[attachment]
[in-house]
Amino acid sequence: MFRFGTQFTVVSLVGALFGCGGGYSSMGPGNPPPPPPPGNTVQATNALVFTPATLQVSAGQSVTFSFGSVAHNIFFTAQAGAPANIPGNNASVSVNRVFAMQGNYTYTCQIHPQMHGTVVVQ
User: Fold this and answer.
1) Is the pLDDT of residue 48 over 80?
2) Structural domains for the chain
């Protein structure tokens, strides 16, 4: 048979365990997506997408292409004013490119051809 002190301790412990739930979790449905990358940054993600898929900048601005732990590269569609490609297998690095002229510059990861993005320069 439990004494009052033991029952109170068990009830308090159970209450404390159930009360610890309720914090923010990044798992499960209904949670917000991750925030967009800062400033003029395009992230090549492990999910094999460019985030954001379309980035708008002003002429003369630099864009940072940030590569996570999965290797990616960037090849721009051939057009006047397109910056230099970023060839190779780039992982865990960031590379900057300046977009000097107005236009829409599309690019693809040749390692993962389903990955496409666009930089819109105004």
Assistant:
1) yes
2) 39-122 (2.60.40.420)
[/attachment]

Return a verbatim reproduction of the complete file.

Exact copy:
[in-house]
Amino acid sequence: MFRFGTQFTVVSLVGALFGCGGGYSSMGPGNPPPPPPPGNTVQATNALVFTPATLQVSAGQSVTFSFGSVAHNIFFTAQAGAPANIPGNNASVSVNRVFAMQGNYTYTCQIHPQMHGTVVVQ
User: Fold this and answer.
1) Is the pLDDT of residue 48 over 80?
2) Structural domains for the chain
């Protein structure tokens, strides 16, 4: 048979365990997506997408292409004013490119051809 002190301790412990739930979790449905990358940054993600898929900048601005732990590269569609490609297998690095002229510059990861993005320069 439990004494009052033991029952109170068990009830308090159970209450404390159930009360610890309720914090923010990044798992499960209904949670917000991750925030967009800062400033003029395009992230090549492990999910094999460019985030954001379309980035708008002003002429003369630099864009940072940030590569996570999965290797990616960037090849721009051939057009006047397109910056230099970023060839190779780039992982865990960031590379900057300046977009000097107005236009829409599309690019693809040749390692993962389903990955496409666009930089819109105004």
Assistant:
1) yes
2) 39-122 (2.60.40.420)